Celebrating Butterflies

Hobomok skipper on Canadian anemone

I love butterflies, and National Pollinator Week gives me an excuse to concentrate on what brings butterflies to my yard and to my walking routes. This week I learned two new skipper butterflies: the hobomok skipper and Arctic skipper.  Both are crazy for wild geranium, The yellow swallow-tail, painted lady and admirals are plentiful now also, and a few monarchs are checking out the milkweed.  Also, this week I saw one pearl crescent and a silvery blue.

Arctic skipper on wild geranium
Favorite butterfly books

Below are two books that help me identify butterflies, and here is an on-line butterfly guide.

Have fun land I hope you enjoy butterflies as much as I do!  Get out for a walk and look!

 

An American painted lady

A Win-win for Pollinators and People

How can you help our pollinators? Our pollinators are struggling to survive.  There are things we can do in our yards to help pollinators. The mono-culture of perfect green turf grass lawns does nothing to help our struggling pollinators.

Blue Salvia are loved by bees.
Blue Salvia are loved by bees. (not native)

I have been on a road trip from Minnesota, through Iowa, Missouri, Kansas, Nebraska,  and South Dakota, and have been amazed at the manicured thick turf grass that dominates in parks and lawns.  Turf grass has no value for pollinators, and when fertilized adds unhealthy chemicals harmful to pollinators, humans, pets, wildlife and our water bodies.  Adding a diversity of fresh new plants and removing some lawn can make a big difference for our pollinators.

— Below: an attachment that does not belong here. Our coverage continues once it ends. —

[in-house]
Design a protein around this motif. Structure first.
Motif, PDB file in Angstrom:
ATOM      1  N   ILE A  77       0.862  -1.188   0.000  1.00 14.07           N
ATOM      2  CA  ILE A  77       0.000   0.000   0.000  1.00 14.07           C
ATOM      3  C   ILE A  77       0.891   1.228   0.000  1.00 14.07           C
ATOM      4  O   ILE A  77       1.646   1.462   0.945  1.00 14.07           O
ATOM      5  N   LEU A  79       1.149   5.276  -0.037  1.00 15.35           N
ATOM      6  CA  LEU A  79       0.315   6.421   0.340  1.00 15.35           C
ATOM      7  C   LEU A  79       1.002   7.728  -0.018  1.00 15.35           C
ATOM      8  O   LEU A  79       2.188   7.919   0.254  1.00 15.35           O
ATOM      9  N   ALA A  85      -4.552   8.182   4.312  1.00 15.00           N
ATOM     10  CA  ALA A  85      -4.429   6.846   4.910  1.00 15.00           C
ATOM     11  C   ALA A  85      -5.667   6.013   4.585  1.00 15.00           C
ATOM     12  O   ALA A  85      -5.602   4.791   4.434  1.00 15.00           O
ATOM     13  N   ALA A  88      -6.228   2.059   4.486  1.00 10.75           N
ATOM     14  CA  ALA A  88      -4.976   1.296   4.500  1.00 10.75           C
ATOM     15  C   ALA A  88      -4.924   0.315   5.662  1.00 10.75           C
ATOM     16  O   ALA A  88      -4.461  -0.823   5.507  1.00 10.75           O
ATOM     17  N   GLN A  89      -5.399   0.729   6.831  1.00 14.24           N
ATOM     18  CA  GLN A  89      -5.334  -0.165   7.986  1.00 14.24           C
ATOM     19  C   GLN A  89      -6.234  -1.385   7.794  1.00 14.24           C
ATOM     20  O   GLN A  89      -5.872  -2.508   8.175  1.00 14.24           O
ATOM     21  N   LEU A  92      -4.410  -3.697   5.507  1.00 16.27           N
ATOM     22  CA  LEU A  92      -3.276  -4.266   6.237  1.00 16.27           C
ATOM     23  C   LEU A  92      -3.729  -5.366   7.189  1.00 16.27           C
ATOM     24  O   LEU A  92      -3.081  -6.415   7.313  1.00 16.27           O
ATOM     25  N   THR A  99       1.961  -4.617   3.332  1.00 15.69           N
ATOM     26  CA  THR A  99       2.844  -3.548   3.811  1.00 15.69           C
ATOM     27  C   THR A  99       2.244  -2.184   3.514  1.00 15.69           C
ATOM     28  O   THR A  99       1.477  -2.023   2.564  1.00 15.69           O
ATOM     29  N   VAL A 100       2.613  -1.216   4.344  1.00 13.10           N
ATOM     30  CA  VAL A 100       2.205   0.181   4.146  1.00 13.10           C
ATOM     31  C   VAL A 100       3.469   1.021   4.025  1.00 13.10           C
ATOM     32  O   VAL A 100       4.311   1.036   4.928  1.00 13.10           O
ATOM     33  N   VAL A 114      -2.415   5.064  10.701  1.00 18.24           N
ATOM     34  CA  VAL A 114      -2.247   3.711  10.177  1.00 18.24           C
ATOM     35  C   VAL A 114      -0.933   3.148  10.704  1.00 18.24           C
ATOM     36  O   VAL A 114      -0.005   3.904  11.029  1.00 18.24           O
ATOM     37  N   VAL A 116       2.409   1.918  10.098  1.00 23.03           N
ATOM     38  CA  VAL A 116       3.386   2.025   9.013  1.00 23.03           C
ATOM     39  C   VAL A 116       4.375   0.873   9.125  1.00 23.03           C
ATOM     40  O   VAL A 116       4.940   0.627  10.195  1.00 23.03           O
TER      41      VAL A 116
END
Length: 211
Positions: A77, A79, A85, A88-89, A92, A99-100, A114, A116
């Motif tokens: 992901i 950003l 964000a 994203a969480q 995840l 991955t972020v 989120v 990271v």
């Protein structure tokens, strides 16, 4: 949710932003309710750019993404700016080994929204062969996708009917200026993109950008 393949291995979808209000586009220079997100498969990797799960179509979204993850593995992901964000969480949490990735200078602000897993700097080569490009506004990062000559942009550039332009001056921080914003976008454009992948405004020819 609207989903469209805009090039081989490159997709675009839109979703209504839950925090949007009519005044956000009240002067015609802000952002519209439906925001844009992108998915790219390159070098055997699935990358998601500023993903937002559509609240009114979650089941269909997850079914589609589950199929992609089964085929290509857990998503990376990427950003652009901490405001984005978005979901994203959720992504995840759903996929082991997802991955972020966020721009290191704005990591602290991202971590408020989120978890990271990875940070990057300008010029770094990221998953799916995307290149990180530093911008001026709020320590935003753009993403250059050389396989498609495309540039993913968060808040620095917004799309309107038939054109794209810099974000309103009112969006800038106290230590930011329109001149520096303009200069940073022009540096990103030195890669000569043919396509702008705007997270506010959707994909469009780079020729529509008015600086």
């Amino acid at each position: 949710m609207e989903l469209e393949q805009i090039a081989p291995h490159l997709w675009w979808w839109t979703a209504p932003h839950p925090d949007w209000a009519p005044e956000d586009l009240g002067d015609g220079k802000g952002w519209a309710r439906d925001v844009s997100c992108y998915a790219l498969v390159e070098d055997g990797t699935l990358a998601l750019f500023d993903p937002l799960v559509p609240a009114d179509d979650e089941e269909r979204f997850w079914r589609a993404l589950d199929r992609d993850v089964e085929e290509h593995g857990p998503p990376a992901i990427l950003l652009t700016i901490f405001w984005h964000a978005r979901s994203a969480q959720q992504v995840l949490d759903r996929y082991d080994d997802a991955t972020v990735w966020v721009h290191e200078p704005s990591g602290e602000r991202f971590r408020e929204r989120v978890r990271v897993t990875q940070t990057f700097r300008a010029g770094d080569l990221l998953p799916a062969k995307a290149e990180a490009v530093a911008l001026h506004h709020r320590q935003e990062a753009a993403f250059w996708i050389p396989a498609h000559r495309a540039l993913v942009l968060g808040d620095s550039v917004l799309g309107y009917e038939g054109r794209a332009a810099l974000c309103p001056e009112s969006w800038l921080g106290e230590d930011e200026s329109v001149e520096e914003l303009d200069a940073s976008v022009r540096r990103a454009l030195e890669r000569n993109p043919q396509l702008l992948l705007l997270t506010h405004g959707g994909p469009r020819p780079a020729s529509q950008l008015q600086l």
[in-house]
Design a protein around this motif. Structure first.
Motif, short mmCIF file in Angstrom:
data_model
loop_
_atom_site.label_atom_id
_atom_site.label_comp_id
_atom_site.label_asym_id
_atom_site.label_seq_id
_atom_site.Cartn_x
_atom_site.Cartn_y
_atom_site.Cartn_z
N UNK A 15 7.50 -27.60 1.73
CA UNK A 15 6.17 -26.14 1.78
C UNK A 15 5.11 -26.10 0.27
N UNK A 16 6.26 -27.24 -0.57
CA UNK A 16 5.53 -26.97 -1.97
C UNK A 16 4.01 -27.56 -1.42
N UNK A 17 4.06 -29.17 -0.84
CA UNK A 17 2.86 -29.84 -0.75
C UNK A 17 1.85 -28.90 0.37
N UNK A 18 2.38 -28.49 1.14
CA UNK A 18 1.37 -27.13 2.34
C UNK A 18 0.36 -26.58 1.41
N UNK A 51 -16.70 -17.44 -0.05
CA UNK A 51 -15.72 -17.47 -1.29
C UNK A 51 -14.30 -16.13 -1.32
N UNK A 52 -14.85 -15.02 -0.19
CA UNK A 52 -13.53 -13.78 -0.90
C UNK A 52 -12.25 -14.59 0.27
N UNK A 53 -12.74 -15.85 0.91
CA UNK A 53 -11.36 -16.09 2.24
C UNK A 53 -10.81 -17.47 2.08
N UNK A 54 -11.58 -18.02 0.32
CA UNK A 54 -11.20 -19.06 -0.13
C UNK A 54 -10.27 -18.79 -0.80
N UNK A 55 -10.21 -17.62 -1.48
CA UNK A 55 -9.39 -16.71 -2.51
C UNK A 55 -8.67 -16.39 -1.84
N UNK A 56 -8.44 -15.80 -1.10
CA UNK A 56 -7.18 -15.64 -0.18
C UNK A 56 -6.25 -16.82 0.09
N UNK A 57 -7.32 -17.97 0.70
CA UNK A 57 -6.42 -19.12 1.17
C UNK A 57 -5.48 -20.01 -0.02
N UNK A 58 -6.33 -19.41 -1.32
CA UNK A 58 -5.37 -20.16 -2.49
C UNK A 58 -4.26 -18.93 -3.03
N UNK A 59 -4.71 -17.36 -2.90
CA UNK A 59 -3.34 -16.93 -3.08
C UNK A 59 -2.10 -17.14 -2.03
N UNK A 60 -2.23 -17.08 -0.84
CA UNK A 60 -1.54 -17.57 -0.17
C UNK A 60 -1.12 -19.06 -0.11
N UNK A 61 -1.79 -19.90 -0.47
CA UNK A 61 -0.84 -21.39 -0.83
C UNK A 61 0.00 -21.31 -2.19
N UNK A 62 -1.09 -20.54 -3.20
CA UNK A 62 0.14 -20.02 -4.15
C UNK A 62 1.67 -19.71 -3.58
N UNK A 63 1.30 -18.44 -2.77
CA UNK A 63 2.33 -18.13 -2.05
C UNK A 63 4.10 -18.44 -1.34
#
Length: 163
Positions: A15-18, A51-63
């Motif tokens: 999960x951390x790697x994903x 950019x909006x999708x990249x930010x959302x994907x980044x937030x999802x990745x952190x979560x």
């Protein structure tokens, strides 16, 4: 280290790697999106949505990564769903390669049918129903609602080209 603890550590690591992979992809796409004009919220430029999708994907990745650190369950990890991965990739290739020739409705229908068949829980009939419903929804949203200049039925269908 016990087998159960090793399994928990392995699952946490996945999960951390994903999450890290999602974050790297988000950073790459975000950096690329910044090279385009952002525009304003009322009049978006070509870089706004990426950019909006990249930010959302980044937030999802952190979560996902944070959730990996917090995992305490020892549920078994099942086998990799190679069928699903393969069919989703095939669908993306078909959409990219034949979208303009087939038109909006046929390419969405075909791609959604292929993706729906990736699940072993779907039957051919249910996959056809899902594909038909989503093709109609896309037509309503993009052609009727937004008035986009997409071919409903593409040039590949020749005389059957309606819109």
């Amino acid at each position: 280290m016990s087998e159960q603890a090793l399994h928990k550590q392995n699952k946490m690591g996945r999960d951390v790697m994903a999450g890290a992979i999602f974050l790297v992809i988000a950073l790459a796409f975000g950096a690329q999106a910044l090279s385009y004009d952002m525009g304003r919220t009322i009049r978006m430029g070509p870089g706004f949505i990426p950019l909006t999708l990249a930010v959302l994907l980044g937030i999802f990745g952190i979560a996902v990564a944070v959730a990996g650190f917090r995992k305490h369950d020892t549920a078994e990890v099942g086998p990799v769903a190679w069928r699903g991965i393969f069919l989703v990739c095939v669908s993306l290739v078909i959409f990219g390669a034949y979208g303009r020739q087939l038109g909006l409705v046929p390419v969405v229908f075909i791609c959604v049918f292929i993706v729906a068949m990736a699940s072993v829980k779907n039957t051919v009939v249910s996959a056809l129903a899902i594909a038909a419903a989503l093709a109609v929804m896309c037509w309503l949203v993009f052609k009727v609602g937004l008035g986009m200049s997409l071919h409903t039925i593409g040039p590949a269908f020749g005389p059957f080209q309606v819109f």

Walking a trail in Lincoln, Nebraska I was thrilled at their efforts to help our pollinators. They are allowing clover and native plants to grow. I even saw a few milkweed popping up.

Just a few changes can make a big difference for pollinators.(bees, butterflies, and birds)
Just a few changes can make a big difference for pollinators.(bees, butterflies, and birds)

Spring is a fabulous time to add new plants to your yard. A wide diversity of plants helps

Foam flower is an early blooming plant
Foam flower is an early blooming plant

our pollinators. Native plants don’t need chemicals so they are the healthiest for you, children, pets, and the pollinators.  More garden diversity, and less chemicals creates a win-win for our earth and us all!

Here is a good article on creating more diversity for pollinators.

Pussy toes add texture and interest
An early blooming plant, pussy-toes add texture and interest, and is a host plant to the painted lady butterfly

image

Allowing the violets, Virginia waterleaf and dandelions(until they go to seed), and clover can create easy gardening and great pollinator habitat.

 

http://www.startribune.com/flower-power-season-long-blooms-are-a-win-win-for-people-and-pollinators/378411041/

https://health4earth.com/add-fun-pollinators-to-your-yard/

Always consider how to add more milkweed. Swamp milkweed has been the most successful for me.
Always consider how to add more milkweed. Swamp milkweed has been the most successful for me.
Wild geranium, easy to grow, is loved by bees and butterflies.
Wild geranium, easy to grow, is loved by bees and butterflies and is early blooming

Tragedy Strikes Pollinators in Oregon

Bee Happy

Pesticides/neonicotinoids must be restricted and some banned!

Last week as we were celebrating our marvelous pollinators for Pollinator Week,  it is estimated that 50,000 bees were killed at one location by a neoicotinoid pesticide that has been banned in Europe

A landscaping company made a huge mistake, they did not follow the directions for the pesticide they were using. They sprayed 50 blooming Linden Trees in a Target parking lot in Wilsonville, Oregon.  This led to the massive bee kill.  Just imagine how often this kind of mistake is being made!!

I recommend not using chemicals of any kind for the health of your family, pets, pollinators and wildlife.  012

http://www.xerces.org/2013/06/21/pesticide-causes-largest-mass-bumble-bee-death-on-record/

http://www.oregonlive.com/hillsboro/index.ssf/2013/06/state_investigating_death_of_h.html#/0

Celebrate National Pollinator Week

                                                                                        thCAVHV2HN
This is National Pollinator Week.